I chose to read The Populist Explosion for a course-required book review. That being said, I may have chosen to read it on my own at some point. Since politics and, specifically, international affairs are my fields of study, I genuinely enjoy deepening my knowledge through books that pertain to them.
The Populist Explosion is one of the rare books in politics that blends recent history and the modern political situation together really well. It details the evolution of various parties in both the United States and Western Europe over the past century (with a certain focus on populism, of course). Beyond that, Judis presents a decent argument for why these populist parties seem to be faring better today than they have in the past. His reasoning is that economic tension, like that of the Great Depression or 2008 Recession, creates the kind of social concerns that encourage certain demographics to shift their political support to populist-style leaders.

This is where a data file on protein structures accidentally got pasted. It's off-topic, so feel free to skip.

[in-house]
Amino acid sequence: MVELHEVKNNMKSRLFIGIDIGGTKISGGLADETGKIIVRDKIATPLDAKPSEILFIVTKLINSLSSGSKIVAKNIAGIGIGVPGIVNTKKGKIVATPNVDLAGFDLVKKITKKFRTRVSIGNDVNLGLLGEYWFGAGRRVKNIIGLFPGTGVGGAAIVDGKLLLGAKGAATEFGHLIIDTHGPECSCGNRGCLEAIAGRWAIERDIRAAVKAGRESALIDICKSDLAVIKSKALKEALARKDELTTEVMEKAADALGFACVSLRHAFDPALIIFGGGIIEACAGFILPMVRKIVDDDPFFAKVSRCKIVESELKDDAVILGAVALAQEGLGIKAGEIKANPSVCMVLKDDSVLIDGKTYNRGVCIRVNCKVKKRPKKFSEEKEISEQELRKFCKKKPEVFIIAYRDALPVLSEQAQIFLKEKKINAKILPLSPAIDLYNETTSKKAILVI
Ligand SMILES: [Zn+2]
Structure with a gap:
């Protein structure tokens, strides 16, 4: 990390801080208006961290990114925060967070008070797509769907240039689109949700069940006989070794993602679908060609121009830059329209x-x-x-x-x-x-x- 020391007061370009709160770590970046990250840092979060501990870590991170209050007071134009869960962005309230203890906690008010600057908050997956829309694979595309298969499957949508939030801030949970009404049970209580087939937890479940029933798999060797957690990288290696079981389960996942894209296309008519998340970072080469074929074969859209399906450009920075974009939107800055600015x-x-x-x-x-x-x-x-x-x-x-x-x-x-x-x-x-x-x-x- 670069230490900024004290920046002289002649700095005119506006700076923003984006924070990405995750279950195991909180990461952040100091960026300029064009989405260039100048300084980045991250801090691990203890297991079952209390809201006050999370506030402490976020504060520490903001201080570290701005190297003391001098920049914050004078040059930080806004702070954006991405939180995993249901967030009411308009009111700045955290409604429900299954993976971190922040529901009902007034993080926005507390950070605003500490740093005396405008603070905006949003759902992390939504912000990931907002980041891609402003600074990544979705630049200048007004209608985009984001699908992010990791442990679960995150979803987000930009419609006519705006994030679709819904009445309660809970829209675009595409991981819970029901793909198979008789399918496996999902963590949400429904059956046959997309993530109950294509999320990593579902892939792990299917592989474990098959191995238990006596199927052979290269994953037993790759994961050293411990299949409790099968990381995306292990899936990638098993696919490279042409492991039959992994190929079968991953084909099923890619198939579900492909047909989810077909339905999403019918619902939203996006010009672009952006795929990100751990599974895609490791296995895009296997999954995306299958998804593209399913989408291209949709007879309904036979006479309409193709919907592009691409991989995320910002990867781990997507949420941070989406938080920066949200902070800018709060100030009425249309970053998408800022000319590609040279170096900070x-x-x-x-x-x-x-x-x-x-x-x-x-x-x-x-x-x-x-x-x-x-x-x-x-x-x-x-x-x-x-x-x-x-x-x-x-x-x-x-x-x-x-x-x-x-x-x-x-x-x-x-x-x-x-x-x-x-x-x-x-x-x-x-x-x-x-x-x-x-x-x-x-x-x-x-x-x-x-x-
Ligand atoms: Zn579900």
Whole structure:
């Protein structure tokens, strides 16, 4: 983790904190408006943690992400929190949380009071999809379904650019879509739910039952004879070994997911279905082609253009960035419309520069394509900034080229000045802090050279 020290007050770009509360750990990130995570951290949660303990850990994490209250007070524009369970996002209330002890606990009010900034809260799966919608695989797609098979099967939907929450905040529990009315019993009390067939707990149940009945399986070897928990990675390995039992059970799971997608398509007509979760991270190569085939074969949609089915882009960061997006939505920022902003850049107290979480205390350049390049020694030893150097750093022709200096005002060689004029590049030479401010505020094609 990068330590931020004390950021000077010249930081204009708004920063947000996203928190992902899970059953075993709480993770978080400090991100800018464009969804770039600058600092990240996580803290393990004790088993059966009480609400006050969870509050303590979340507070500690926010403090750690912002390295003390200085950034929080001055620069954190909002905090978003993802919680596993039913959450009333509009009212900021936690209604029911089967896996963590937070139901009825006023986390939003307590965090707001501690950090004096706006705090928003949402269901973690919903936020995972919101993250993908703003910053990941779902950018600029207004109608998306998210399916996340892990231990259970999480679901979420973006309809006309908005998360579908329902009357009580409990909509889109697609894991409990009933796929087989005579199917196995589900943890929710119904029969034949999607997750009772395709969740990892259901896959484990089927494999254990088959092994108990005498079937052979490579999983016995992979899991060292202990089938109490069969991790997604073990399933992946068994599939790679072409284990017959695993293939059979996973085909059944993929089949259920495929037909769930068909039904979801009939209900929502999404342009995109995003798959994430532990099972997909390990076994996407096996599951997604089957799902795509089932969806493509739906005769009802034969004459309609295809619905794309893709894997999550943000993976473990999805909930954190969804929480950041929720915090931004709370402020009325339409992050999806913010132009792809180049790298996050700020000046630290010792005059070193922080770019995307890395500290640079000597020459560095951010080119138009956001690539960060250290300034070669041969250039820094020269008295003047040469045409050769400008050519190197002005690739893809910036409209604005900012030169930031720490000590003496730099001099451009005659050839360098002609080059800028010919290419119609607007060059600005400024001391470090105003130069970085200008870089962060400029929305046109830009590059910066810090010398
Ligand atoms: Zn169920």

It’s not overly complex to read and the author’s voice carries you to the end of the book quickly. The only negatives I found were that some points were repeated throughout the book and, being as it was published a few years ago, some parts could use updating. Despite these issues, I still found the book to be thought-provoking and relevant to the political climate we’re living in today.